• documentation on creating new language support extensions.

Plan

I will push all of my work to bitbucket. I will start coding from the sphinx-domains branch (except if the branch gets merged to main before I start the project, which actually will not matter much due to wonders of Mercurial merging). I will always try to "release early, release often".

Communication to the mentors and the community about technical issues will be mostly done by IRC at #pocoo@freenode and perhaps by email. Depending on the severity of the concerns at hand and response in IRC, I may also write to sphinx-dev@googlegroups.com, especially if conceptual / architectural decisions are being made.

Documentation will be written along while writing code; tests and additional documentation will be written in specific time points as specified in the next Timeline section. The current platform for documentation (Sphinx itself) and tests (Nose) will be used.

Timeline

I will start the project on 3 May, which is the last day of my final examinations.

The first month might look a bit sparse, because I have a compulsory part-time attachment from my faculty (i.e. becoming cheap labour). I believe it would not affect my performance significantly.

3 -- 9 May
Become more familiar with the code (and the community!) and branch the sphinx-domain repository.
10 -- 23 May
Refactor autodoc to separate Python-specific autodoc source from autodoc module. Ensure that current tests work.
24 May -- 6 June
Build domains support in autodoc, where autodoc sources can specify the domains of the documentation they generate. Ensure current tests work.
7 -- 13 June
Write additional tests for the domain support of autodoc. Also improve on tests and documentation generated so far.
14 -- 27 June
Study the ANTLR parser, its generated AST (Abstract Syntax Tree), and ways to manipulate it from Python. Then, create the ANTLR autodoc source and script to generate parser provided that the ANTLR binaries are available.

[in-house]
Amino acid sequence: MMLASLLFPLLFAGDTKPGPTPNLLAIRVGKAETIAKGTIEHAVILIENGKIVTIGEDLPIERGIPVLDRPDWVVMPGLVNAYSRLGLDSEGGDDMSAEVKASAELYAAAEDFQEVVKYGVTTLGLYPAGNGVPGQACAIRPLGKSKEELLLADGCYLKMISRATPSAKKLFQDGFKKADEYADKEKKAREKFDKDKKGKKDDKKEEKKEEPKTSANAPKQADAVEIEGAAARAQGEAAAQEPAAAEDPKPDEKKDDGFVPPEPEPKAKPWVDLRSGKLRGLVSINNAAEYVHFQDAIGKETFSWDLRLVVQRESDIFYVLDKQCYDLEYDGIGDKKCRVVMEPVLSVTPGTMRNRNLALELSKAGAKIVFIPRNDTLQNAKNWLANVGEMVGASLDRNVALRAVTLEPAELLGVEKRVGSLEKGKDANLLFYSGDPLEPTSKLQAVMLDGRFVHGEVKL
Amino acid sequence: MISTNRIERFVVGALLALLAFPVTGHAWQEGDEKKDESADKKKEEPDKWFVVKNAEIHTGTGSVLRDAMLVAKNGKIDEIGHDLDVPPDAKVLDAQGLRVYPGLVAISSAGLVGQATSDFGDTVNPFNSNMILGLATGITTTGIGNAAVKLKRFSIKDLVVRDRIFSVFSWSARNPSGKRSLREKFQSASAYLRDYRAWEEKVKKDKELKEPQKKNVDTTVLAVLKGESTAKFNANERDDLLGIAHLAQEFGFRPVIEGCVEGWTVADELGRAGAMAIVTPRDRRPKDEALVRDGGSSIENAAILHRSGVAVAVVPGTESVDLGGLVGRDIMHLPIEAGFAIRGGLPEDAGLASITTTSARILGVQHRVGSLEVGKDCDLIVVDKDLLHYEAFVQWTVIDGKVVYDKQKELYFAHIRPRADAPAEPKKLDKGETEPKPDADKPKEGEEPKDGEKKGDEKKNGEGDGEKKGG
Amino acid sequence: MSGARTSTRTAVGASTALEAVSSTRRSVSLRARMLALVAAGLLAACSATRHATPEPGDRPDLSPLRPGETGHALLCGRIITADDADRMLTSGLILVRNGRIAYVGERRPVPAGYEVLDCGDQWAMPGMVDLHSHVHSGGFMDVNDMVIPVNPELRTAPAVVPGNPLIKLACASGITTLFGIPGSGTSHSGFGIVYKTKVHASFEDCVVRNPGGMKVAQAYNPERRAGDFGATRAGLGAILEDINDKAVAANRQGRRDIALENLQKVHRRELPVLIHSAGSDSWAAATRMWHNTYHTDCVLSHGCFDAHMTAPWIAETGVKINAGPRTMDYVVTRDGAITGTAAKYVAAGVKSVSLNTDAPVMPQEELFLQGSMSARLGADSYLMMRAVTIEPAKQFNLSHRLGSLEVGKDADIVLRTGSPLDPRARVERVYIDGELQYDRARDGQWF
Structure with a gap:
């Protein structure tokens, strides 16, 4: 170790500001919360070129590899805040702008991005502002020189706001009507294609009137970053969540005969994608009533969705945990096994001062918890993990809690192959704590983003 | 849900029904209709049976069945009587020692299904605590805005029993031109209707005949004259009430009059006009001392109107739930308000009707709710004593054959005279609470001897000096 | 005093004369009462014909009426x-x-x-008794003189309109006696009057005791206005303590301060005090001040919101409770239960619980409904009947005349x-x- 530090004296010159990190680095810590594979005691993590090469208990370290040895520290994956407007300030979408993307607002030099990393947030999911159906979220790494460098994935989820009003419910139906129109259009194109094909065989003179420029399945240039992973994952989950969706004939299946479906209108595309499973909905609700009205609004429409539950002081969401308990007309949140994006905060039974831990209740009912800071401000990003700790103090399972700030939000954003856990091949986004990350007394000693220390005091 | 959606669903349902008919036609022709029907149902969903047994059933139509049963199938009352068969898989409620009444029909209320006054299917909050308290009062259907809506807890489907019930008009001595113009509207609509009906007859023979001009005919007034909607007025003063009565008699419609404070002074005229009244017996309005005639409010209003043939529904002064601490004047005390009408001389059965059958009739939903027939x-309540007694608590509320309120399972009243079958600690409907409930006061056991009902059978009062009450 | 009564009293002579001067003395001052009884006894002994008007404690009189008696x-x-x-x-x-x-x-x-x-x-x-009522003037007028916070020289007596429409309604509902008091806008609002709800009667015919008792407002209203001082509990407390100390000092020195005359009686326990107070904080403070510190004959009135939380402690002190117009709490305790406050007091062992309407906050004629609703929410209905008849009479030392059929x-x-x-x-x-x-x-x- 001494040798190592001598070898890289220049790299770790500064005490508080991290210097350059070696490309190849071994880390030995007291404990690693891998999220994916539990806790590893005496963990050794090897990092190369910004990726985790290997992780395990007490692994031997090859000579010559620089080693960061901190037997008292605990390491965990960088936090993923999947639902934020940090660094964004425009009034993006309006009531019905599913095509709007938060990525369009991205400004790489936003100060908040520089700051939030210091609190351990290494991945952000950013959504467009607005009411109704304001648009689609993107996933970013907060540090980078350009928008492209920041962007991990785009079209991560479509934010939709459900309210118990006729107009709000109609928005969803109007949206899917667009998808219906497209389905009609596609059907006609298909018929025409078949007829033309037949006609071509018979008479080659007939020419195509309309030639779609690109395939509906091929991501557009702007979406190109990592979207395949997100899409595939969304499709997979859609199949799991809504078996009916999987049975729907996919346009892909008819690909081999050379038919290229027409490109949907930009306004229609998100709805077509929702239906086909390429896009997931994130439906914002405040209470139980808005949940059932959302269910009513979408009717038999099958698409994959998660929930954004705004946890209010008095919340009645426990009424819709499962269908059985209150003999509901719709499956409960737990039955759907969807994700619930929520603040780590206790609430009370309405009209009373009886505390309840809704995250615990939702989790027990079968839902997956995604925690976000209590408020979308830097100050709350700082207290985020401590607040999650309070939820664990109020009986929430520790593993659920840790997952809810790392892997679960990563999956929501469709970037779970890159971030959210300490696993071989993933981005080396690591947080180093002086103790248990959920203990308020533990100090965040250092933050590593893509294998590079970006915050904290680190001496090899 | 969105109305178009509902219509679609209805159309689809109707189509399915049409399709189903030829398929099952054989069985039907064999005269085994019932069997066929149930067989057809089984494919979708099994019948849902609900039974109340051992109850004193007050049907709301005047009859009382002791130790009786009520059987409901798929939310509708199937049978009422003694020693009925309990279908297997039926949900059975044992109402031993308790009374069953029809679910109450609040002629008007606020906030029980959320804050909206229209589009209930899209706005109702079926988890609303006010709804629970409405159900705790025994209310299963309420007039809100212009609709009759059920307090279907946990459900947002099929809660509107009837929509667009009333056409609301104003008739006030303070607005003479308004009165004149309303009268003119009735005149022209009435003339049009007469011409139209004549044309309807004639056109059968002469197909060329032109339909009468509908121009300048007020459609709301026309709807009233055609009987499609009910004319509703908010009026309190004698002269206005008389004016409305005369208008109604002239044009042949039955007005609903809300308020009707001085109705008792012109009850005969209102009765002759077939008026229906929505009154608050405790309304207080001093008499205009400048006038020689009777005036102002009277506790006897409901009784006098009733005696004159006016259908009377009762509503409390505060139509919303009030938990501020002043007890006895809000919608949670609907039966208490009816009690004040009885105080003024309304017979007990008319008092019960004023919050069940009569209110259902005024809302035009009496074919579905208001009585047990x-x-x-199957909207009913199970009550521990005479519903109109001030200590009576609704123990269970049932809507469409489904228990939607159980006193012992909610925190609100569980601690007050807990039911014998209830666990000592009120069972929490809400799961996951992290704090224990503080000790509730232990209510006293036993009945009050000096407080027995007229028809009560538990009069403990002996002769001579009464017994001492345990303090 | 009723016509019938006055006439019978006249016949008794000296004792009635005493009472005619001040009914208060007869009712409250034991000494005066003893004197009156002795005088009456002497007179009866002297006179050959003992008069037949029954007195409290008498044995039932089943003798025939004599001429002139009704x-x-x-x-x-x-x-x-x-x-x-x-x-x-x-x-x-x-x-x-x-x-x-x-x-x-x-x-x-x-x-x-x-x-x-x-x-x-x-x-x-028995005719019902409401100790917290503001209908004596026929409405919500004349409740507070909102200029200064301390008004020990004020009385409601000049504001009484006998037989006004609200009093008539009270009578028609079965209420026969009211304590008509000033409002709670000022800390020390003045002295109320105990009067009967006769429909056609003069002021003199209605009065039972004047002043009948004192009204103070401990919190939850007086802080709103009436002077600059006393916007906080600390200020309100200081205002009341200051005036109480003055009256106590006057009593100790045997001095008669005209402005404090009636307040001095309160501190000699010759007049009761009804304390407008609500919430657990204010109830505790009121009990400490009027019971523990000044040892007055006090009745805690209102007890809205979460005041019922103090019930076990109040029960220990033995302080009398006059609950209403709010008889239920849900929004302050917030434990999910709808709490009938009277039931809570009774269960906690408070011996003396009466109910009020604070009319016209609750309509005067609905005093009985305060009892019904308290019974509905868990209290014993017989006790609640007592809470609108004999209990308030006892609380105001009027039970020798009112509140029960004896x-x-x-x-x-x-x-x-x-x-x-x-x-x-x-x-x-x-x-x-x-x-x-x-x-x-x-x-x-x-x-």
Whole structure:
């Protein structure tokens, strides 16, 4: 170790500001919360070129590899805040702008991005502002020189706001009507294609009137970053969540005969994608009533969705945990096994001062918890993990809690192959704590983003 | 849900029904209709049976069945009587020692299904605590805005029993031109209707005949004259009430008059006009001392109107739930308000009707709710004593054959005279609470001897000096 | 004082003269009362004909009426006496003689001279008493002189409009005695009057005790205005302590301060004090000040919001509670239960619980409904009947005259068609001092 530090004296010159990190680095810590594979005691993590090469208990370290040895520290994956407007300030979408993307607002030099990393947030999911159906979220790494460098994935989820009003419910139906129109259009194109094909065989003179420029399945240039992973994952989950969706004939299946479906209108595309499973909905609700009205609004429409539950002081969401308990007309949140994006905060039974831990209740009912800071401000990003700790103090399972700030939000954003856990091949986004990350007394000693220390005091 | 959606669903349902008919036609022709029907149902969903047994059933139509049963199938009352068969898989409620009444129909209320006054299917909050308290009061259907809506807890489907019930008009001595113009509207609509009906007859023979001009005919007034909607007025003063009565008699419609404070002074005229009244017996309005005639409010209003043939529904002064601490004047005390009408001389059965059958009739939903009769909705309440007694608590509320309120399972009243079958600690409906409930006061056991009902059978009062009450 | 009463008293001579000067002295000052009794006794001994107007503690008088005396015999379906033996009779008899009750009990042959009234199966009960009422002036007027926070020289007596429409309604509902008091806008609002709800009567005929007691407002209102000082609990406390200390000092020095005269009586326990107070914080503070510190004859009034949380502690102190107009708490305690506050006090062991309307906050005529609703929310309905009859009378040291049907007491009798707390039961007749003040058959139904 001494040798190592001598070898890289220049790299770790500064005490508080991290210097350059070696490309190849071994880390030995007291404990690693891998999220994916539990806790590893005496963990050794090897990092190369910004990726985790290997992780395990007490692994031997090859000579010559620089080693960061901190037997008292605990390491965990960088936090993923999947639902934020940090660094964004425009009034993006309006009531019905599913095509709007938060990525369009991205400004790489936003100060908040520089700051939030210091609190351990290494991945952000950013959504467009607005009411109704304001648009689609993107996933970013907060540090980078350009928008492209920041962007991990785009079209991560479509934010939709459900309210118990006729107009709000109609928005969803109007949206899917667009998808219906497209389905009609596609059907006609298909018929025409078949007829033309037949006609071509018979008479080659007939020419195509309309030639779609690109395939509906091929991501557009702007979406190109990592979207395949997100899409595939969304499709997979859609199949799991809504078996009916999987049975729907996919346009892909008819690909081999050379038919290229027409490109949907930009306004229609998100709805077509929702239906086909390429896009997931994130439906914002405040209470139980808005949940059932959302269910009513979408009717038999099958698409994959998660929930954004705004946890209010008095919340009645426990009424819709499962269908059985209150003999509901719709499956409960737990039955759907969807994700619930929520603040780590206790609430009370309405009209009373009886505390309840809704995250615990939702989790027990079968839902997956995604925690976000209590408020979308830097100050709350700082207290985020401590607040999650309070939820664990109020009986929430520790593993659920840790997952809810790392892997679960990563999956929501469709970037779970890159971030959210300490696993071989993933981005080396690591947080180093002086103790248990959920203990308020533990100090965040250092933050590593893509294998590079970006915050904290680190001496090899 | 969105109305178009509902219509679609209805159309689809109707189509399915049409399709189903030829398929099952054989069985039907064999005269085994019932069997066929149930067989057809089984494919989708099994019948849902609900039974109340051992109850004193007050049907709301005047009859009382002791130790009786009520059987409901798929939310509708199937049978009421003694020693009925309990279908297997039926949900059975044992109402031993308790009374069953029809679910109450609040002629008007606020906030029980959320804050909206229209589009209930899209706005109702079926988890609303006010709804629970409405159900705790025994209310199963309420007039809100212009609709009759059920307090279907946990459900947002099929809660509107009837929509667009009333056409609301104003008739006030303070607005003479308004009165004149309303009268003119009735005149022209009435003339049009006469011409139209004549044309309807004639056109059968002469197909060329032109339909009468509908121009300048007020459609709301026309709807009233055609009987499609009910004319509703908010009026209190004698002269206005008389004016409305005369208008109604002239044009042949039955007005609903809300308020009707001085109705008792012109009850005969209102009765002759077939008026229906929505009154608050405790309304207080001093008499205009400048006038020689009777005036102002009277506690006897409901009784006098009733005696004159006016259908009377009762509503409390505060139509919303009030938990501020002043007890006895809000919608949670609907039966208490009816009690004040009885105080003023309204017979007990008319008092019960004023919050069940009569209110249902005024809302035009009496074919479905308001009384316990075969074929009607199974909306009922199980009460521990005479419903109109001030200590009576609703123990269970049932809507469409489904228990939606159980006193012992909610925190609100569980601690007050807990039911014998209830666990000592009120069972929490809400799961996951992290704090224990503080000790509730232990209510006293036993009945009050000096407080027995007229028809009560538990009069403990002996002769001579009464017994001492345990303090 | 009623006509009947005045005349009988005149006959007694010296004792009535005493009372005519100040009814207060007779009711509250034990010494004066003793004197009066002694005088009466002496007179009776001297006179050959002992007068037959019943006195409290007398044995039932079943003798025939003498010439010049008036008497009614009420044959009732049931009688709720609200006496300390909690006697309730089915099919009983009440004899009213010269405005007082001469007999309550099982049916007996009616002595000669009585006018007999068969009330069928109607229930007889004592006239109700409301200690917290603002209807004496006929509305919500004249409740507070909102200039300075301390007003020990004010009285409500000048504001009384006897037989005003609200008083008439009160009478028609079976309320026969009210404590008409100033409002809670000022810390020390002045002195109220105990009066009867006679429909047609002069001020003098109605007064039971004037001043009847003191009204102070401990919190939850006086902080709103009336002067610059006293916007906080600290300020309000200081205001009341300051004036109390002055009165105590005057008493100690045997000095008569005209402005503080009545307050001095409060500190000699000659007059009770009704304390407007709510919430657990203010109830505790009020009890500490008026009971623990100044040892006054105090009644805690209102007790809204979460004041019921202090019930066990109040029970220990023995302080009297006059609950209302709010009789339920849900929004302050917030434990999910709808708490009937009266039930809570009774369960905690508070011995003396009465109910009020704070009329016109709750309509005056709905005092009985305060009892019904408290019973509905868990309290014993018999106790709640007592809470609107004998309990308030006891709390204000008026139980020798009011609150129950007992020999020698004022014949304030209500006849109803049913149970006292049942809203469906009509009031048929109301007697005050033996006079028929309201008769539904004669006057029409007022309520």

28 June -- 4 July
Generate a C parser from ANTLR and build the language support module for C.
5 -- 11 July
Add and refine tests and documentation for the parser generator script, ANTLR autodoc source, and C implementation.
12 -- 25 July
Create a module to automate generating new language domains using the information provided in the language support extension; test and document accordingly.
26 July -- 8 August
Create the javascript implementation of the language support extension; document and test accordingly.
9 -- 16 August
Write more tests and documentation. A guide to create a language support module is also written.

About me

My name is Leontius Adhika Pradhana, a second-year pharmacy student from National University of Singapore but was living in Indonesia before university life. Despite the somewhat unrelated major, I have been programming since grade 9 of formal school and won several national programming competitions; one of my project (a web application to manage a programming contest) competed in Asia-Pacific level. These competitions and projects were mostly done in Pascal, C, C++, Java, or PHP.

In the university I joined some informatics-related activities and received exposure to C# / ASP.NET, more PHP, working with and leading large teams.

Python is my current favourite language and I have used it for a whole host of one-time-use scripts such as tabular data / CSV processing, backup scripts, and pulling data from the internet (BeautifulSoup rocks!). I have also dabbled around with Pylons although I have not done any substantial work on it. I am using Sphinx for an internal project (an intranet). I am also adept in general web development (HTML, CSS, Javascript, SQL), as a lot of my projects depend on those skills.

So far my experience with open source is largely with Drupal. There I discussed issues and submitted patches. I also authored two Drupal modules: Pingback and IP2Nation API.

A semi-exhaustive CV (not the ones that you send to companies) can be viewed at http://tr.im/cvleon.

Contact

Blog:http://leapon.net/
Email:leon@leapon.net
IRC:leonth in irc://irc.freenode.net:6667
Google Talk:leontius@gmail.com
Phone:+6584256806 (Singapore, UTC+8)
[1]Mercurial and SciPy are examples of such projects.
[2]CPython and openoffice.org are examples of such projects.
[3]This was me in some point of time :)
[4]This way, end users do not even need to touch ANTLR. I would imagine another repository maintaining generated parsers for commonly used languages so that people wishing support for those languages would only need to install the pure Python extension.
[5]The need to write domains will be replaced by the need to write the "language support" extension, but this will enable autodoc support out-of-the-box.